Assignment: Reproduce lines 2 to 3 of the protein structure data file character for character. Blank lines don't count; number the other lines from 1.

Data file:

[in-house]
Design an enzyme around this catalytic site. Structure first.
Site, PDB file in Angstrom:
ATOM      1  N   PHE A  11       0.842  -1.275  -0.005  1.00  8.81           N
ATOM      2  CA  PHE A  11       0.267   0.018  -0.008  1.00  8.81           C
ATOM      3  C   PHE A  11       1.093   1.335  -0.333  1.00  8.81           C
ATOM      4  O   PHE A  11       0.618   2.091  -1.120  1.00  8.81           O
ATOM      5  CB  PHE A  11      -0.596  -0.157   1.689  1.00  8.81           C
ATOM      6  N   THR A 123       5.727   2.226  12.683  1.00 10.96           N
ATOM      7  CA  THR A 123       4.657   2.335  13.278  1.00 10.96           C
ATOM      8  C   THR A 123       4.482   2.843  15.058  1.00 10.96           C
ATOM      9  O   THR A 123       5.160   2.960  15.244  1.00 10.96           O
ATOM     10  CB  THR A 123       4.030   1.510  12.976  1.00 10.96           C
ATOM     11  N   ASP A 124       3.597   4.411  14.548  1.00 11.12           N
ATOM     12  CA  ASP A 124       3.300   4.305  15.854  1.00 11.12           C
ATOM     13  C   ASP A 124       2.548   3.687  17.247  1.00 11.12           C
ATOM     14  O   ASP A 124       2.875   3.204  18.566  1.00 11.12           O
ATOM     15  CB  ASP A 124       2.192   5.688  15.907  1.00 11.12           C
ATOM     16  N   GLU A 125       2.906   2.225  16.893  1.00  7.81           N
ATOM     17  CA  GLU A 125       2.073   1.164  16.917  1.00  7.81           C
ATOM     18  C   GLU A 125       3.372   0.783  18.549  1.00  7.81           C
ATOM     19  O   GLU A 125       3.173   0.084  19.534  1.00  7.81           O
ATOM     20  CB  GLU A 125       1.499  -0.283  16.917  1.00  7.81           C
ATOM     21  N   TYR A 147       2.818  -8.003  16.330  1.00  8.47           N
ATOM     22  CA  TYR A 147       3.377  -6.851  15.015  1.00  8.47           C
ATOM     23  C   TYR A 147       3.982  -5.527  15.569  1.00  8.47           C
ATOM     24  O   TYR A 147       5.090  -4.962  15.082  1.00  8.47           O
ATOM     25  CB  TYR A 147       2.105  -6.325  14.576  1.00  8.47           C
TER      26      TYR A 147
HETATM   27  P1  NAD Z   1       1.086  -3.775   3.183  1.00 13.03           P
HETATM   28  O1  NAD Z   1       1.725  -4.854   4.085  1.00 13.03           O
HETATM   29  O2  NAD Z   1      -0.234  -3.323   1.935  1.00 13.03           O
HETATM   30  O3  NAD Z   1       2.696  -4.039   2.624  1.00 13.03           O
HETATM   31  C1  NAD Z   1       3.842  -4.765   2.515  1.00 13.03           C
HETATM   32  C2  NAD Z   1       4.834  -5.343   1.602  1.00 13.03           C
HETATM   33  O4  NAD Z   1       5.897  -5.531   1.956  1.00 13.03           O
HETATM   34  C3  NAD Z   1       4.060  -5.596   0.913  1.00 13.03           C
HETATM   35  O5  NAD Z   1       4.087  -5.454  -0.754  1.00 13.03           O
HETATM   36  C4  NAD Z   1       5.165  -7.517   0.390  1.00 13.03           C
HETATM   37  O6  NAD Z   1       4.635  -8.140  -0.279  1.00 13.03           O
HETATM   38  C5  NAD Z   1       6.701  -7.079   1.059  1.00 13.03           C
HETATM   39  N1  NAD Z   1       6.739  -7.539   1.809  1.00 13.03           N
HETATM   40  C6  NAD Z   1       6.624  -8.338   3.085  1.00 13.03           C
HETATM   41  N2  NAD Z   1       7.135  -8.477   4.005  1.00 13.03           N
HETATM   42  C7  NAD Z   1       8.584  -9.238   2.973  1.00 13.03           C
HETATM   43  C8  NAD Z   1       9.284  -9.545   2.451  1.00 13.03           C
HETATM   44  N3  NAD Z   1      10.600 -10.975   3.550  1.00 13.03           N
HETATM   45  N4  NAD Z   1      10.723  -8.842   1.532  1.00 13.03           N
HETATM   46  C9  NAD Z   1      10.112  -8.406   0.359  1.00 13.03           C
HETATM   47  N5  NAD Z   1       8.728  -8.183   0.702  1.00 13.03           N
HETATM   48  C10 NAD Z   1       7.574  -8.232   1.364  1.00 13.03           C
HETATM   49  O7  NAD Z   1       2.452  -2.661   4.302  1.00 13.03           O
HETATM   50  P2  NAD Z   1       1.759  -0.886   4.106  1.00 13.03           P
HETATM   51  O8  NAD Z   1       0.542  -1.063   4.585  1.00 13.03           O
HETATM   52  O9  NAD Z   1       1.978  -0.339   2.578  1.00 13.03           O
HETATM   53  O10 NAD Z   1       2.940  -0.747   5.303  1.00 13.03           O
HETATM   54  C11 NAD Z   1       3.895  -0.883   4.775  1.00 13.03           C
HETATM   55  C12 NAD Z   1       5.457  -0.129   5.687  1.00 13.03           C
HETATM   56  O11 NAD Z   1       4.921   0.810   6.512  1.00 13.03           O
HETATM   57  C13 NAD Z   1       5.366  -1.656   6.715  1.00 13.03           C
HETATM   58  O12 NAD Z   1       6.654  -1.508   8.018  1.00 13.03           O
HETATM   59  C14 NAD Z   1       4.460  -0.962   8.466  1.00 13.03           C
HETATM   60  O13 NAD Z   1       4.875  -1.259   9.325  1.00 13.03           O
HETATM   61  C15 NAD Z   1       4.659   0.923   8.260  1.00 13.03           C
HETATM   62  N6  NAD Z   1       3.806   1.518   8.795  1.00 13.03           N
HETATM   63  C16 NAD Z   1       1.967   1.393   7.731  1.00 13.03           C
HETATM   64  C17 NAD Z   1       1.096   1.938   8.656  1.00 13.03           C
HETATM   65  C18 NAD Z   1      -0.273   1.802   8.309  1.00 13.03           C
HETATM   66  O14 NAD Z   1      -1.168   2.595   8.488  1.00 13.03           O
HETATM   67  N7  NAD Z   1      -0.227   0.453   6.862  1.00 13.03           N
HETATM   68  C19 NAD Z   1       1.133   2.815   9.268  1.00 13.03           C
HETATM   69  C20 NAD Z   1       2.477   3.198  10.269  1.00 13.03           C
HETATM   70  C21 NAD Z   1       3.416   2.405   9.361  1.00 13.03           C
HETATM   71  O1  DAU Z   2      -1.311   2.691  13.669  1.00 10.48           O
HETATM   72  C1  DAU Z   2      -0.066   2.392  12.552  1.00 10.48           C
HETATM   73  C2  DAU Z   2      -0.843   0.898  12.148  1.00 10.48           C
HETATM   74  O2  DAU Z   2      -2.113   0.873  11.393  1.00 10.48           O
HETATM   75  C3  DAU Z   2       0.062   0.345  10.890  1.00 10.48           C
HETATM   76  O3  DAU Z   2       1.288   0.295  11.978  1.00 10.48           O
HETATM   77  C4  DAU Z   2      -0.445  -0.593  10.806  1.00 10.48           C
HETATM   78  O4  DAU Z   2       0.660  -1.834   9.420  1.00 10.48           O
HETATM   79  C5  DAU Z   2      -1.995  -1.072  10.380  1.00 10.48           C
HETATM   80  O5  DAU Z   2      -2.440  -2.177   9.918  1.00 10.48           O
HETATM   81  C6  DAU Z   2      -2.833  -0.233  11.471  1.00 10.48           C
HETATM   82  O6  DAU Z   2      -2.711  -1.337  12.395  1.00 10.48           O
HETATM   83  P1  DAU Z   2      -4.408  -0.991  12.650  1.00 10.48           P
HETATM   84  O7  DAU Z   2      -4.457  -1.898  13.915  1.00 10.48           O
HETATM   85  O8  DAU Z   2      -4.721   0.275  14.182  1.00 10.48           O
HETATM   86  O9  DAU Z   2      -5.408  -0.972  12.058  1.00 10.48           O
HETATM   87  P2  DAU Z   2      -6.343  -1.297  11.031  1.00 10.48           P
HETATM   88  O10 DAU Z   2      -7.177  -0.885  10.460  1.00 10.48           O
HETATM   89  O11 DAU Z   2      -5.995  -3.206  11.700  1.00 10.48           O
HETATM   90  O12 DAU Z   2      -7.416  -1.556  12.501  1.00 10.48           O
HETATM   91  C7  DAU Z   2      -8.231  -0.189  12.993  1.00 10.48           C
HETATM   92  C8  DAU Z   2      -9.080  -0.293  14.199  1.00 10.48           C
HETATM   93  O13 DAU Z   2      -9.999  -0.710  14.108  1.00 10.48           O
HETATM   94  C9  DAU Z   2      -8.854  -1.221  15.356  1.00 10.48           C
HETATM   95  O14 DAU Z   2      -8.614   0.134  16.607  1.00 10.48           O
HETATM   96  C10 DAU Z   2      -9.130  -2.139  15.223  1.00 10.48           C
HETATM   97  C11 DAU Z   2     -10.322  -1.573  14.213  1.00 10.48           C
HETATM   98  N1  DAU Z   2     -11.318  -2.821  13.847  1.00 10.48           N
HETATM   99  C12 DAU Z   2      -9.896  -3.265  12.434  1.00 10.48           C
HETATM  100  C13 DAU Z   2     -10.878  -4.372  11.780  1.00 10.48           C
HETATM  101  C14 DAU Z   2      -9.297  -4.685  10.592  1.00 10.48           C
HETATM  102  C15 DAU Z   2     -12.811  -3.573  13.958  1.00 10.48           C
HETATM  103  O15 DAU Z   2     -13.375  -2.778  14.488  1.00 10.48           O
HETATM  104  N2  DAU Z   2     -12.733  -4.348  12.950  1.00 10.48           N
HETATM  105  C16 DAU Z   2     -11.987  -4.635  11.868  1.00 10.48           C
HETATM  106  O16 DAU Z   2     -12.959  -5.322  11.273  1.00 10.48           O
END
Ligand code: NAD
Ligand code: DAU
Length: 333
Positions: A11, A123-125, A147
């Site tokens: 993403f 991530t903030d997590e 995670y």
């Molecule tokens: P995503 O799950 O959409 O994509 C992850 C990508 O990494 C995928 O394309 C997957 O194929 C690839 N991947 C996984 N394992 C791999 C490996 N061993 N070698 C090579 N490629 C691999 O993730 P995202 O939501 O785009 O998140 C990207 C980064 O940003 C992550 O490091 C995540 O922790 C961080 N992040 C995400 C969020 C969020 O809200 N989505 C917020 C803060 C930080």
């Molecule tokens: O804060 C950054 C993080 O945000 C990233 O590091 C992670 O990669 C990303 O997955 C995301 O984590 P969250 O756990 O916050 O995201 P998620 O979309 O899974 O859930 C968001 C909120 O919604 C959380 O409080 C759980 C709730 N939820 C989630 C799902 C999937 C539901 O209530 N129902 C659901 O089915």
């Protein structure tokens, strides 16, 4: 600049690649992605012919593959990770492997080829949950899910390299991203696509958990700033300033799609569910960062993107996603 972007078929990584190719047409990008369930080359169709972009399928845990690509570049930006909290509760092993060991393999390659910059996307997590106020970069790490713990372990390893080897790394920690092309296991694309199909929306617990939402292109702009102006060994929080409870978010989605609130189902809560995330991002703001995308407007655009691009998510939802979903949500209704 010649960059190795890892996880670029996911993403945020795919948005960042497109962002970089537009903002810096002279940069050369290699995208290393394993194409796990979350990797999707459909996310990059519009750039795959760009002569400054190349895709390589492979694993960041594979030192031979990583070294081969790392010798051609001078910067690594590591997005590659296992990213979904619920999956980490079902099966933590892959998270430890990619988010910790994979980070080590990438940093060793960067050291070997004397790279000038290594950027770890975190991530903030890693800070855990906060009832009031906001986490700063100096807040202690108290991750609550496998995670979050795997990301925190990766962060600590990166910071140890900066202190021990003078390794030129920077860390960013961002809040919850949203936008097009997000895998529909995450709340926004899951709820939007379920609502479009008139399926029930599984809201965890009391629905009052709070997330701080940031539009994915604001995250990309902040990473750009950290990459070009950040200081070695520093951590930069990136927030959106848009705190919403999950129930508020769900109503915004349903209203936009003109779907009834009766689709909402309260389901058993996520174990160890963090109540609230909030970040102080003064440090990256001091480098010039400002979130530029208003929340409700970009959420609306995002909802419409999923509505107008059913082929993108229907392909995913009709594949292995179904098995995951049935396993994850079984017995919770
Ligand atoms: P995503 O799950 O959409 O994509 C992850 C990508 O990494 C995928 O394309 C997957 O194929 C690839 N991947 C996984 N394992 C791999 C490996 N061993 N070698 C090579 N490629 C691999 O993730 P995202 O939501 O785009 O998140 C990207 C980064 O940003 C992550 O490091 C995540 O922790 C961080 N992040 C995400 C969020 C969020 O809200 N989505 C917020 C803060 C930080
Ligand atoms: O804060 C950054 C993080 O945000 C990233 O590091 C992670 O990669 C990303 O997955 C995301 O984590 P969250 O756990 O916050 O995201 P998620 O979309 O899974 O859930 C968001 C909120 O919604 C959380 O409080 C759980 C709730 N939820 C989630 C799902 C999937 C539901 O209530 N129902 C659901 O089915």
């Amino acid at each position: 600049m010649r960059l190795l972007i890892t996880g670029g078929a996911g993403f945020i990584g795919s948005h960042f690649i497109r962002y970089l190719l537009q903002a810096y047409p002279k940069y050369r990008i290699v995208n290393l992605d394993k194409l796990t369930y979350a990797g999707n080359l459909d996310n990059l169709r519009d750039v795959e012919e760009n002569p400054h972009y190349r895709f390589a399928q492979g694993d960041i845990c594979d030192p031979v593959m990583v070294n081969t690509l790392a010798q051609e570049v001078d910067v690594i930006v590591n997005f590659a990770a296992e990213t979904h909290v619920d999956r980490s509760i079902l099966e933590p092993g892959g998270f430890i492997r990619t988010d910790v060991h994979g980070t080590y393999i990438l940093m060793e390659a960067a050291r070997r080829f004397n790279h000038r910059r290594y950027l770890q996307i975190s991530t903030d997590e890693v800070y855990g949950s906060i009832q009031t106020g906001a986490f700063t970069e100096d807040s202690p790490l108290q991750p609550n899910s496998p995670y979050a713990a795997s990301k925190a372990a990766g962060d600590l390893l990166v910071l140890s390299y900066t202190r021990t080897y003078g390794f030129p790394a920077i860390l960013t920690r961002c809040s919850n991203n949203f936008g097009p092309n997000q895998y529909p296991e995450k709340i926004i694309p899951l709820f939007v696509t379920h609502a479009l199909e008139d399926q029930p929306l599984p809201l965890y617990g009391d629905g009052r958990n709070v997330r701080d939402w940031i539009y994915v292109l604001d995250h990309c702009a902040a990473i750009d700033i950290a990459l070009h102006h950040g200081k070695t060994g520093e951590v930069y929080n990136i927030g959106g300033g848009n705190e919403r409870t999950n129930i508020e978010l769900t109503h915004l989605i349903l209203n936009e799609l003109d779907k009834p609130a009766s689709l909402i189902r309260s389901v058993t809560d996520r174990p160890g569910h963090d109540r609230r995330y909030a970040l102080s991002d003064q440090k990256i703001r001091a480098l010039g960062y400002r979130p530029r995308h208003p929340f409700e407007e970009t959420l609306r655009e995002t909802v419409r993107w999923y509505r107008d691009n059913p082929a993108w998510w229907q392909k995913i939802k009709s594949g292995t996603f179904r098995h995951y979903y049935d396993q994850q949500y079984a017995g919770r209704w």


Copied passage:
Design an enzyme around this catalytic site. Structure first.
Site, PDB file in Angstrom: